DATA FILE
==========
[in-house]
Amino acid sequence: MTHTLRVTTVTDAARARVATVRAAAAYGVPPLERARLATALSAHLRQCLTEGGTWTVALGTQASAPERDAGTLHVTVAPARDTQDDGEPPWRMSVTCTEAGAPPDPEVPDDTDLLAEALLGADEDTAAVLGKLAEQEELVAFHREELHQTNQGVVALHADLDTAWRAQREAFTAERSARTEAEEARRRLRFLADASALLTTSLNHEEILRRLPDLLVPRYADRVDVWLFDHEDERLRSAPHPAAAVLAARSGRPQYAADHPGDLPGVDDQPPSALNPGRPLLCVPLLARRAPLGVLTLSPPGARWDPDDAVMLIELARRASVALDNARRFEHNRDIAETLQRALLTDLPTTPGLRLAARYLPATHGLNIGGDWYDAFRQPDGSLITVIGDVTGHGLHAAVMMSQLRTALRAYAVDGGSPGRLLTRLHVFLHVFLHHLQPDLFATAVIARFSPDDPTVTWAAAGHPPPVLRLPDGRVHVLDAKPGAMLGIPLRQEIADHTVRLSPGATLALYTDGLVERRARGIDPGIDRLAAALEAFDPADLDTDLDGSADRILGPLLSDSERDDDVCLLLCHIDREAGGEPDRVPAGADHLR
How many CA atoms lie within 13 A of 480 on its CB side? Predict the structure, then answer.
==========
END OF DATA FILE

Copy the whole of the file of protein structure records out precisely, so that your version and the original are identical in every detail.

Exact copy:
[in-house]
Amino acid sequence: MTHTLRVTTVTDAARARVATVRAAAAYGVPPLERARLATALSAHLRQCLTEGGTWTVALGTQASAPERDAGTLHVTVAPARDTQDDGEPPWRMSVTCTEAGAPPDPEVPDDTDLLAEALLGADEDTAAVLGKLAEQEELVAFHREELHQTNQGVVALHADLDTAWRAQREAFTAERSARTEAEEARRRLRFLADASALLTTSLNHEEILRRLPDLLVPRYADRVDVWLFDHEDERLRSAPHPAAAVLAARSGRPQYAADHPGDLPGVDDQPPSALNPGRPLLCVPLLARRAPLGVLTLSPPGARWDPDDAVMLIELARRASVALDNARRFEHNRDIAETLQRALLTDLPTTPGLRLAARYLPATHGLNIGGDWYDAFRQPDGSLITVIGDVTGHGLHAAVMMSQLRTALRAYAVDGGSPGRLLTRLHVFLHVFLHHLQPDLFATAVIARFSPDDPTVTWAAAGHPPPVLRLPDGRVHVLDAKPGAMLGIPLRQEIADHTVRLSPGATLALYTDGLVERRARGIDPGIDRLAAALEAFDPADLDTDLDGSADRILGPLLSDSERDDDVCLLLCHIDREAGGEPDRVPAGADHLR
How many CA atoms lie within 13 A of 480 on its CB side? Predict the structure, then answer.